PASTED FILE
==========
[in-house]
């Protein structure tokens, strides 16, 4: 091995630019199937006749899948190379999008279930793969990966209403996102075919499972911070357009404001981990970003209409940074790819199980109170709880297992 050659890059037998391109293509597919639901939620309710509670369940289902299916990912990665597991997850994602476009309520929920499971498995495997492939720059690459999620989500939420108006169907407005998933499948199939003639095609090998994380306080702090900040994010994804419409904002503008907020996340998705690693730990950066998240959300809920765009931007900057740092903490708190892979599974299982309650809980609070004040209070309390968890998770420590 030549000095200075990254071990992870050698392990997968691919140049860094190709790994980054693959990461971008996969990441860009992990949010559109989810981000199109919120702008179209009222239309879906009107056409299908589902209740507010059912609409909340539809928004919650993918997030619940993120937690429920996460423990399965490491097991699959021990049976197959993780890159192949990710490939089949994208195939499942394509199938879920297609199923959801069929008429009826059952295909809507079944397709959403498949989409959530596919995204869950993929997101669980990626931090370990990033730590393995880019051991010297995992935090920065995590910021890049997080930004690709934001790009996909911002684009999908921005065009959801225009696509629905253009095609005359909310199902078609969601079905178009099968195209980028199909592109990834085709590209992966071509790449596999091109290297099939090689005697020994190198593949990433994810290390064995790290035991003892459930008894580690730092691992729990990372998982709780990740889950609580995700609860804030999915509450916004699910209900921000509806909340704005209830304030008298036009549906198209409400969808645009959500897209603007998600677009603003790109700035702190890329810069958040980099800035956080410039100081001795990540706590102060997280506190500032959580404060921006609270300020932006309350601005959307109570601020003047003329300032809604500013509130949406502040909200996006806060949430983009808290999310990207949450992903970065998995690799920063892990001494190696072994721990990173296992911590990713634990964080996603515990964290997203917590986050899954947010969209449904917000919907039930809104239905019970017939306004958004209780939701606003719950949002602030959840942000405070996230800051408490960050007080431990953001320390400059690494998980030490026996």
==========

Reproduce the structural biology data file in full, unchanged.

[in-house]
């Protein structure tokens, strides 16, 4: 091995630019199937006749899948190379999008279930793969990966209403996102075919499972911070357009404001981990970003209409940074790819199980109170709880297992 050659890059037998391109293509597919639901939620309710509670369940289902299916990912990665597991997850994602476009309520929920499971498995495997492939720059690459999620989500939420108006169907407005998933499948199939003639095609090998994380306080702090900040994010994804419409904002503008907020996340998705690693730990950066998240959300809920765009931007900057740092903490708190892979599974299982309650809980609070004040209070309390968890998770420590 030549000095200075990254071990992870050698392990997968691919140049860094190709790994980054693959990461971008996969990441860009992990949010559109989810981000199109919120702008179209009222239309879906009107056409299908589902209740507010059912609409909340539809928004919650993918997030619940993120937690429920996460423990399965490491097991699959021990049976197959993780890159192949990710490939089949994208195939499942394509199938879920297609199923959801069929008429009826059952295909809507079944397709959403498949989409959530596919995204869950993929997101669980990626931090370990990033730590393995880019051991010297995992935090920065995590910021890049997080930004690709934001790009996909911002684009999908921005065009959801225009696509629905253009095609005359909310199902078609969601079905178009099968195209980028199909592109990834085709590209992966071509790449596999091109290297099939090689005697020994190198593949990433994810290390064995790290035991003892459930008894580690730092691992729990990372998982709780990740889950609580995700609860804030999915509450916004699910209900921000509806909340704005209830304030008298036009549906198209409400969808645009959500897209603007998600677009603003790109700035702190890329810069958040980099800035956080410039100081001795990540706590102060997280506190500032959580404060921006609270300020932006309350601005959307109570601020003047003329300032809604500013509130949406502040909200996006806060949430983009808290999310990207949450992903970065998995690799920063892990001494190696072994721990990173296992911590990713634990964080996603515990964290997203917590986050899954947010969209449904917000919907039930809104239905019970017939306004958004209780939701606003719950949002602030959840942000405070996230800051408490960050007080431990953001320390400059690494998980030490026996």